Thanks to Martha Stewart's meal kit service I've been cooking a lot more often. Not just her recipes, but recipes off the internet, recipes friends give me, and recipes my mom collected. I don't necessarily like cooking... I certainly don't like the mess... but it's cheaper than frozen meals and tastes considerably better.
Problem is that my cookware is less than ideal and that makes cooking difficult.
All my pots and pans were inherited from my mom. They are a mish-mash of stuff... some of which was probably a wedding gift over 50 years ago... and some of it just random stuff she purchased as she needed it. The two best pieces are Revere Ware that's in great shape but seems to have problems on my glass cooktop. They don't boil water so much as dance when you attempt it. Likely because the bottom is never in full contact with the element so it never gets hot enough to boil stuff.
Ignore my filthy stove (I filmed this right after cooking lunches for the week)...
In order to boil water, I have to stand at the stove and press down on the handle so it stops dancing. Even then it seems to take forever. For the longest time I blamed my stove, even though I bought it new when I moved in.
And so... I really need new cookware.
But do you know how many different kinds there are? Cast Iron, Enameled Cast Iron, Ceramic, Stainless Steel, Nonstick, Copper, and Aluminum, to name a few. There are pros and cons to each and I spent more time than I'd care to admit trying to figure out which would be best for me.
On Sunday I sponged off a friend's Costco membership to buy a new set (a full set being the most economical way to replace my entire eclectic collection). Turns out I needn't have wasted my time since Costco only had one set I could afford (my budget was $100, the cheapest they had was $119).
Say hello to my Kirkland Signature brand 12-piece Hard Anodized Cookware Set...
I have to say... this is some really nice stuff. Probably not compared to the high-end cookware that's out there, but definitely compared to what I was working with before. It's heavy enough to sit flat when hot. It heats evenly (something I didn't even know was important until I cooked in it*). The surface is phenomenally non-stick. It's oven-safe so I can bake in it. There's a great variety of pieces, including a deep skillet which I love. The lids have a built-in strainer that's awesome.The only down-side is that it's not recommended that you put them in the dishwasher, you're supposed to wash by hand. At first I was disappointed, but once I saw how mind-bogglingly non-stick these things are, it's actually easier to wash them by hand than trying to fit them in a dishwasher. Nice.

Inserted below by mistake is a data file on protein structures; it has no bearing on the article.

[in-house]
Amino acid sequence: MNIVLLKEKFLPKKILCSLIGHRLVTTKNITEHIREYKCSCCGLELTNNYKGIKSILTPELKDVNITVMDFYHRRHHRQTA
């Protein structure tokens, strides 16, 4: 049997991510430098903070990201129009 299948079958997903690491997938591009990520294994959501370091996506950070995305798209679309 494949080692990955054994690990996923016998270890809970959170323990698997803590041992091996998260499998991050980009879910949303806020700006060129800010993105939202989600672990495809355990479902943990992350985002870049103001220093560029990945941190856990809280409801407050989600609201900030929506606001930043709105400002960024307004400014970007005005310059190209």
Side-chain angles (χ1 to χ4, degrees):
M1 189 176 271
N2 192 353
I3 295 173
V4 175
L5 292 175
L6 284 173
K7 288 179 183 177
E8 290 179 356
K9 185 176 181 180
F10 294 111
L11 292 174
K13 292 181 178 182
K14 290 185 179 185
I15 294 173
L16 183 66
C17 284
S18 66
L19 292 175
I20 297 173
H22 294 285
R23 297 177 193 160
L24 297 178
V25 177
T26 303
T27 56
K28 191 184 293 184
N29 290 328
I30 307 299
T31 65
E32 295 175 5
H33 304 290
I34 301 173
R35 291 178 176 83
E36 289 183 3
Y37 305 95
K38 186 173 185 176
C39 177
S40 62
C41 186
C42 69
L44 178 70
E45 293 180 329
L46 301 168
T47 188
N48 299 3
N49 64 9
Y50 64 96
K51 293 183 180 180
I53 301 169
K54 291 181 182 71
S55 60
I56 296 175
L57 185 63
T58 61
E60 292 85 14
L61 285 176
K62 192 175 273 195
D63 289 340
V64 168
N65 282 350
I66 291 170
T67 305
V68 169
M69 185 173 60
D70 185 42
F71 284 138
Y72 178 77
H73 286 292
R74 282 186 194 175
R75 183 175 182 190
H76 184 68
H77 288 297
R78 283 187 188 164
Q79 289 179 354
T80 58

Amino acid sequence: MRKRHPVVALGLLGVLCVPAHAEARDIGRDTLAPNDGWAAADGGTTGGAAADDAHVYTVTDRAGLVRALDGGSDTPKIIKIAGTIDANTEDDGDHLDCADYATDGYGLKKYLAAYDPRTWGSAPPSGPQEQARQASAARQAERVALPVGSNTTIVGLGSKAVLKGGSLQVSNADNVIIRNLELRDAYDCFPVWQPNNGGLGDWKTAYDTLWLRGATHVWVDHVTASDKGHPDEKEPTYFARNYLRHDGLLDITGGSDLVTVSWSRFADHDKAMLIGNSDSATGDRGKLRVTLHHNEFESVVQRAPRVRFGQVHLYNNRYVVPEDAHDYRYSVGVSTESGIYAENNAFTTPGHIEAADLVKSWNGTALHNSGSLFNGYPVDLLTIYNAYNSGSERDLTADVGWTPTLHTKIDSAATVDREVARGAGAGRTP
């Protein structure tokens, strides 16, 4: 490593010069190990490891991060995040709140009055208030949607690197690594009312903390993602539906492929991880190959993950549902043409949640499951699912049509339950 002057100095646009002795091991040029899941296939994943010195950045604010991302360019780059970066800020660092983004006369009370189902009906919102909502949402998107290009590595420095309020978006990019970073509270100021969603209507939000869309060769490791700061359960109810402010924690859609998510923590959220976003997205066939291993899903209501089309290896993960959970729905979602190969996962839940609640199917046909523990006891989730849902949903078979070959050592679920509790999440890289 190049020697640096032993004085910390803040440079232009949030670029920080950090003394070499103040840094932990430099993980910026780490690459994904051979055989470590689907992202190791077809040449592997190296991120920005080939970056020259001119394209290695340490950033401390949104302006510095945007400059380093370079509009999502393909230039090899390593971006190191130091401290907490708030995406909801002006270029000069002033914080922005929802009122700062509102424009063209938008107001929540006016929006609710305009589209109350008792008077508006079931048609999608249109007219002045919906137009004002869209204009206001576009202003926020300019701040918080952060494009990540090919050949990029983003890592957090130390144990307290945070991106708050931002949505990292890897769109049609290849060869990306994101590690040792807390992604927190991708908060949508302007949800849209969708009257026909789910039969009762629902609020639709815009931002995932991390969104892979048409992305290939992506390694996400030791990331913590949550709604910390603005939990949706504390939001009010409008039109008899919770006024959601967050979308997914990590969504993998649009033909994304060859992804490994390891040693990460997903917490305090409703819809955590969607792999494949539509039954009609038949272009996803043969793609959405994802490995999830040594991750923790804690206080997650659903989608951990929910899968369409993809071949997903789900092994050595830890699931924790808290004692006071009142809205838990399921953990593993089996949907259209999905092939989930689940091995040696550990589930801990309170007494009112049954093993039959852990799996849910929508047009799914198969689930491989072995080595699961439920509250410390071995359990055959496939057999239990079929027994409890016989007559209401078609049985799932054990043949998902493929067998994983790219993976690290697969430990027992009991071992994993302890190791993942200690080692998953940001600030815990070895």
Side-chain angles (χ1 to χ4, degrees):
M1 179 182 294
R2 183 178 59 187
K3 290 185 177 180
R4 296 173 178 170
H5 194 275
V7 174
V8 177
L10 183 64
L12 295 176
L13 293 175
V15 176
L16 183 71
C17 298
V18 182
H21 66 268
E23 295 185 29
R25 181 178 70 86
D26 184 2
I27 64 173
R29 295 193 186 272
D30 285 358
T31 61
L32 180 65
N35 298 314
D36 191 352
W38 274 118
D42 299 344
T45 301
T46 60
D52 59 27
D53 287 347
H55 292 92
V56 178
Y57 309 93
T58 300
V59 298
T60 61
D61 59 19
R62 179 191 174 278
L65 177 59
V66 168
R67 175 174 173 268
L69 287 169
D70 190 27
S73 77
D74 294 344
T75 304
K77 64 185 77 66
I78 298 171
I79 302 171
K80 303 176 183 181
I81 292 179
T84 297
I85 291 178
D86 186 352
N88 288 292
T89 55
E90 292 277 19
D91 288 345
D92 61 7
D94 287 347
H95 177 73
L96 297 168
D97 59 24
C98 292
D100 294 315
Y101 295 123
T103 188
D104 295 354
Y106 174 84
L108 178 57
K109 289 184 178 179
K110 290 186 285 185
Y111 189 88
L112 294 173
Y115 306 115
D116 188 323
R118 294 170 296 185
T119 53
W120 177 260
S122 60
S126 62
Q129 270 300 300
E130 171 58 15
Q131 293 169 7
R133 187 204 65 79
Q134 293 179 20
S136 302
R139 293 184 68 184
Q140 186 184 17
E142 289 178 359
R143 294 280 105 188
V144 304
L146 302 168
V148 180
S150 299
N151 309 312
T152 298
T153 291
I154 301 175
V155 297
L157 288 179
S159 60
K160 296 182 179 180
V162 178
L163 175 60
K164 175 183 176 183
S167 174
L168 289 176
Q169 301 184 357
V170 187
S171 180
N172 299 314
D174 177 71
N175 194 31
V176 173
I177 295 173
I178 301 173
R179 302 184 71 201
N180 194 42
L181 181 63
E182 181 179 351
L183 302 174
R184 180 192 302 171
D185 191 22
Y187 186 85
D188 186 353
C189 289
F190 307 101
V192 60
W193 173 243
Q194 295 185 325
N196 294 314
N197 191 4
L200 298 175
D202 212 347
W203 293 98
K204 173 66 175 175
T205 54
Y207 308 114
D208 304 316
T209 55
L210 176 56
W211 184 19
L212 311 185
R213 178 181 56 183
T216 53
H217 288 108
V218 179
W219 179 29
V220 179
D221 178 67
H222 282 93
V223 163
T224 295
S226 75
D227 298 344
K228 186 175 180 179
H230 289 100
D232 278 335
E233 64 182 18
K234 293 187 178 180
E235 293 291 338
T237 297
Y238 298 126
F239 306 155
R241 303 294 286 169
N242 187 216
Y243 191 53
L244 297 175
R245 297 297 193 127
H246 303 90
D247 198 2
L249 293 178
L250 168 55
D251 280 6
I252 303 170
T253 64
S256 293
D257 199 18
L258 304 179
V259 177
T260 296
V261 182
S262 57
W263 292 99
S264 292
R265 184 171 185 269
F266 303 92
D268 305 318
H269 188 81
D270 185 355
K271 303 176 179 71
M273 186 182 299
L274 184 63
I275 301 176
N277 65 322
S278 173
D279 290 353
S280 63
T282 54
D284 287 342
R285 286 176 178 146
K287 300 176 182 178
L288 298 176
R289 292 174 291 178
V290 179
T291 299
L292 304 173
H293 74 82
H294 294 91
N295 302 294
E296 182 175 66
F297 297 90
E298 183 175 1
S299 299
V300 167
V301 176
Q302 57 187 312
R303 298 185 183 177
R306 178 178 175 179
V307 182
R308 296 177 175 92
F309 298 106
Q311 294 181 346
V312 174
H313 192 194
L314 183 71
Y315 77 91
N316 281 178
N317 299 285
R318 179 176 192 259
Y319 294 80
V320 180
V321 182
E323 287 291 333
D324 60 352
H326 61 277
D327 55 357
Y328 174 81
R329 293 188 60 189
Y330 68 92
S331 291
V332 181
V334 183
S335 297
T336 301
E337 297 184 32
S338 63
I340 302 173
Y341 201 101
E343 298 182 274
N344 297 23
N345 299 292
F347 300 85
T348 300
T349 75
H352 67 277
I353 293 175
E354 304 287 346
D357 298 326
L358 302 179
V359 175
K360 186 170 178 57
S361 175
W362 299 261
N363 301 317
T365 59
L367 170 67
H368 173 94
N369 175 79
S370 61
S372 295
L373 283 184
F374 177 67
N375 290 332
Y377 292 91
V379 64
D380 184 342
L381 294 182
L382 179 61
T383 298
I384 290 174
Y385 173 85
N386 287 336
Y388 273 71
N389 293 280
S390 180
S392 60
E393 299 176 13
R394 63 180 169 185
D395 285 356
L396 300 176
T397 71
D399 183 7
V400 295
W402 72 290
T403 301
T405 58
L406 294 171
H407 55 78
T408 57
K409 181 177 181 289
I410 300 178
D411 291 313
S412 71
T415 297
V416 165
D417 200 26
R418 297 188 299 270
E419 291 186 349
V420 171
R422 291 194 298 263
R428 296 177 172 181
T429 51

And, oh yeah... when it comes to boiling water? It happens SO DANG FAST that I was picking my jaw up off the floor. Turns out that having a good set of cookware is going to really up my cooking game.
I kept my mom's two Revere Ware pieces just to have them. Everything else I tossed. Usually I donate stuff I no longer need, but all the pans were Teflon (which will apparently kill you now) and the pots were banged up so badly that I'm guessing nobody would want them.
As I was going through my kitchen junk to see if there was anything else I could get rid of, I happened upon an enduring mystery... I have a missing bowl. Maybe a houseguest broke it and forgot to tell me or something, but there's one less than I purchased. It's not a big deal. It's not something I'm pining over even a little bit. But I would just like to know what happened to it, you know?
In the meanwhile I'm just going to blame the cats.
*Seriously. My old pots would bubble up in some spots but not others which causes scalding and burning. Even heating makes it so much easier to avoid this.